Dream Jobs: Equine Massage Therapist
by Karen Braschayko
Beverly Peck of Buffalo, New York, has built a business that keeps her very near horses — touching them, in fact. Certified as a massage therapist for humans, she expanded her skills and her business to include agility dogs and equines as well.
Both Peck’s love of horses and her coaching in massage began in childhood. She shares with us how she learned to listen so attentively to horses, how touch can help, and the perks and challenges of being an equine massage therapist.
Equine massage therapist Beverly Peck and her pony Skye.
Karen Braschayko for Equitrekking: What is your background with horses? When did you know you wanted to work with horses as part of your career?
Beverly Peck: I have been around horses all my life, as my grandparents had draft horses for working the farm. My older sister and I would run into the apple orchard and follow the two very large, lumbering equines. Tommie, the bay mare, would come when we whistled for her. She loved to be curried and touched. She was very clear about the good spots. Blackie was more aloof.
The work horses got to go out and be horses with normal herd activity. Many of today's horses are confined and often don't get this group time. That is why the horses I have are allowed to be out with a herd.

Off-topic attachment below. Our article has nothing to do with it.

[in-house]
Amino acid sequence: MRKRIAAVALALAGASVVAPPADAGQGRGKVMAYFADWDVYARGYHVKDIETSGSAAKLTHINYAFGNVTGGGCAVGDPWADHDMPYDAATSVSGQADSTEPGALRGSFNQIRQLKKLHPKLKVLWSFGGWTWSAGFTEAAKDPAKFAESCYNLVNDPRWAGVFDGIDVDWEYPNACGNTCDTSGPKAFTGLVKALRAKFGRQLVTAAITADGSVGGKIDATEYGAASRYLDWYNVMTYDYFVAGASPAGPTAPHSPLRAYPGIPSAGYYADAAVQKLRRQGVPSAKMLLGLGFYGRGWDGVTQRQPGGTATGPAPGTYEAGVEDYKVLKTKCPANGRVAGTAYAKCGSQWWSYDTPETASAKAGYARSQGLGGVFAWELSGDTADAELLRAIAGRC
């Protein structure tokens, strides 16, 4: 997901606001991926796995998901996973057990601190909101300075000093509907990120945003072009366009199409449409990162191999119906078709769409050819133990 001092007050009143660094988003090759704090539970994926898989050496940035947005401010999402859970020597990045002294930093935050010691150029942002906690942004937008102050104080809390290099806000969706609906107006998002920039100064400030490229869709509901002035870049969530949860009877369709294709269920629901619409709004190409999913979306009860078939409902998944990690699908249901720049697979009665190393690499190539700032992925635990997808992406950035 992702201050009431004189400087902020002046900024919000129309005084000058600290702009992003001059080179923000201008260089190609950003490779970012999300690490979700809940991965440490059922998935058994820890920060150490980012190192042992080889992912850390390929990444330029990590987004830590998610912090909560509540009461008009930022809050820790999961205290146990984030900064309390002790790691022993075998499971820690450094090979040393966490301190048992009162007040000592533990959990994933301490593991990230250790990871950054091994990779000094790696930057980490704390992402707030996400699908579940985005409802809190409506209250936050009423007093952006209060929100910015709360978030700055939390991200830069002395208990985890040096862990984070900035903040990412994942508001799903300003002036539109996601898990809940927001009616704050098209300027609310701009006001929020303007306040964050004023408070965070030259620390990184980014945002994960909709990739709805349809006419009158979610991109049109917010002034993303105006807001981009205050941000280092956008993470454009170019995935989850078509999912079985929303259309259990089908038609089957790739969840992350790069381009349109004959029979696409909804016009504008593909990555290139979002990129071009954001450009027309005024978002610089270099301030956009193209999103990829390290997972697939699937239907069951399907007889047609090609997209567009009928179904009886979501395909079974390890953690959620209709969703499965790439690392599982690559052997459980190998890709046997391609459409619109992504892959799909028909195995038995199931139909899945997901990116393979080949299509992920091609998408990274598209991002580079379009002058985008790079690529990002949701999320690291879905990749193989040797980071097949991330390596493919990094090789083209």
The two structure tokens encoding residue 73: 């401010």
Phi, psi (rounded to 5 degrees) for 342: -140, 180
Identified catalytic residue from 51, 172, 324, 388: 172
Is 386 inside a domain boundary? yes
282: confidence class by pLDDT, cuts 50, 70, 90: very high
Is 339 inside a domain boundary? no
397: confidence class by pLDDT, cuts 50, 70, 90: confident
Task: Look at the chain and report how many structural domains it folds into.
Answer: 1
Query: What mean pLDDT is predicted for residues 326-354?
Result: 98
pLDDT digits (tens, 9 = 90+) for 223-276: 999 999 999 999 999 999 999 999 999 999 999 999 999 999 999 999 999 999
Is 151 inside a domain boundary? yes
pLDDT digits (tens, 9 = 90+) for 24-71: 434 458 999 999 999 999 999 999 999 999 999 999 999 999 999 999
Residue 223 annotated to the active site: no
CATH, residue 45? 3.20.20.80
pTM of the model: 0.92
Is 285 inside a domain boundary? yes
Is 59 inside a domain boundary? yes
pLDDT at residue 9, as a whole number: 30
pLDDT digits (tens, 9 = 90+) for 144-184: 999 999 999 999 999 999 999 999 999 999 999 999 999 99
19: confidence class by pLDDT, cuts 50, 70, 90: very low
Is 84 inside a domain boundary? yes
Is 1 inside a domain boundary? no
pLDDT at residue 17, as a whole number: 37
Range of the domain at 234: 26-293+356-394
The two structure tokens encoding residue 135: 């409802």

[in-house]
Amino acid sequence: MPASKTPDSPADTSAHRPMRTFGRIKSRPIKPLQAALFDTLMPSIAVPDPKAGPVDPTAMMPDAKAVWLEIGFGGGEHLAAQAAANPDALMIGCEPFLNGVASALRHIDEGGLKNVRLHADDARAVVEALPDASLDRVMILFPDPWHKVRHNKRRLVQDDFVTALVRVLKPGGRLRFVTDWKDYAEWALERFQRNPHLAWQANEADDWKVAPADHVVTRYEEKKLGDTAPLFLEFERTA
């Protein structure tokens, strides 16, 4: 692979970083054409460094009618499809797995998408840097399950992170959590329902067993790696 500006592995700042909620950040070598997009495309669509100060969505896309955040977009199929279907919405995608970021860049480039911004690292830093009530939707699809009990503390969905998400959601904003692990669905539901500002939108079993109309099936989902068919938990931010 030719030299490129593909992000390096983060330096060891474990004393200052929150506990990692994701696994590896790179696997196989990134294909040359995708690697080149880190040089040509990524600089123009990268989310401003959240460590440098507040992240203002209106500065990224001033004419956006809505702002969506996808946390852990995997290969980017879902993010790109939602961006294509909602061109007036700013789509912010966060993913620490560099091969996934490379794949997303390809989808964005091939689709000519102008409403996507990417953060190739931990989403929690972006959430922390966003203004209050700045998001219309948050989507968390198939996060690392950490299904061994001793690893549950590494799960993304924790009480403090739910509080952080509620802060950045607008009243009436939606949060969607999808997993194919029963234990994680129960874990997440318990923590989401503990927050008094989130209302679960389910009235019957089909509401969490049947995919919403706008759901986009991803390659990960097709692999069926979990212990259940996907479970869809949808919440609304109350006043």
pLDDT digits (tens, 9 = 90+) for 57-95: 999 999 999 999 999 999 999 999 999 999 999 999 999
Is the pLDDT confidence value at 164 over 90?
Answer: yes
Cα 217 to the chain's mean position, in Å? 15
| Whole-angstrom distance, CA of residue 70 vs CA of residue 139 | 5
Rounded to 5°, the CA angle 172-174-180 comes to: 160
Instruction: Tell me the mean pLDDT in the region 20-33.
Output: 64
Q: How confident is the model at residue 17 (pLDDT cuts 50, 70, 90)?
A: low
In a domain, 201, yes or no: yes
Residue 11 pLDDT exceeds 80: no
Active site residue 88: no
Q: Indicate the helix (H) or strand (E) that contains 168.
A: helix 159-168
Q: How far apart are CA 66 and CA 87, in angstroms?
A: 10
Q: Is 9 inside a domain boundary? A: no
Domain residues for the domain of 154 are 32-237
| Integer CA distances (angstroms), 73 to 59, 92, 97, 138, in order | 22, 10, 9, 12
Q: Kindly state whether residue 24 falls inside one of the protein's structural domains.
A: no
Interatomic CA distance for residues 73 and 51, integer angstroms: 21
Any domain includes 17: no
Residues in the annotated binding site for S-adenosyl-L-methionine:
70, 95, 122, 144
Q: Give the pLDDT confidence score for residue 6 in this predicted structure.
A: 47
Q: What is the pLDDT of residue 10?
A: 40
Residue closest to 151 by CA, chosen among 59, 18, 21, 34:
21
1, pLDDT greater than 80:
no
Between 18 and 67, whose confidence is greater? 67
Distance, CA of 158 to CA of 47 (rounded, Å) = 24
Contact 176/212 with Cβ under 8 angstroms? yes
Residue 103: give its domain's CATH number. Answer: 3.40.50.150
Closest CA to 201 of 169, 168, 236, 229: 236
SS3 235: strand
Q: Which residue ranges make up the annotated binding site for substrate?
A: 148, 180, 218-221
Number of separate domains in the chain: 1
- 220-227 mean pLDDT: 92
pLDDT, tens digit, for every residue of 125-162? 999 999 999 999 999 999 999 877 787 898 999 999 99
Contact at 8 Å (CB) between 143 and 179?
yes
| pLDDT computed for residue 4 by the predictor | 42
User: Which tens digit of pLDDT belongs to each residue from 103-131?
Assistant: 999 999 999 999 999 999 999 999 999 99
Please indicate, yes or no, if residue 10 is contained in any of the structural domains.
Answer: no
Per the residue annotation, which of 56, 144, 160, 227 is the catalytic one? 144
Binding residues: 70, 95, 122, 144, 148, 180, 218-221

My childhood 4-H project was a mare we had bought at auction. She was in bad shape, obese and foundered. She had the awful habit of cow kicking, and she had rolled with a rider. With proper nutrition, hoof care, training and a kind touch she came around. We even got three foals from her. Touch was very important to Whinnie, and it helped her recover from all the neglect and abuse. I kept her second foal, and I trained him to ride and drive.
Touch is a part of the bond not only of horse to horse but human to horse. I have always wanted to work with horses. Before I even went to massage training in 1995, that was my dream.
My older sister taught me how to ride. She taught me English riding on a hunter pony that she had purchased. She held that it was important to know how to appropriately fall off of a horse. Much to my mother’s despair, Marilyn would have me ride the horse up next to the big manure pile, and I would fall off the horse intentionally. I learned to tuck and roll. It protected my body, and that’s been a good thing to know. Certainly as I became an adult, it became more automatic.
Equitrekking: How did you train to become an equine massage therapist?
Beverly Peck: I’m certified and licensed as a human massage therapist. The horses have been my teachers for the most part. If one is willing to put aside personal worries, just listen and watch the horse's response to touch, one will know just what to do.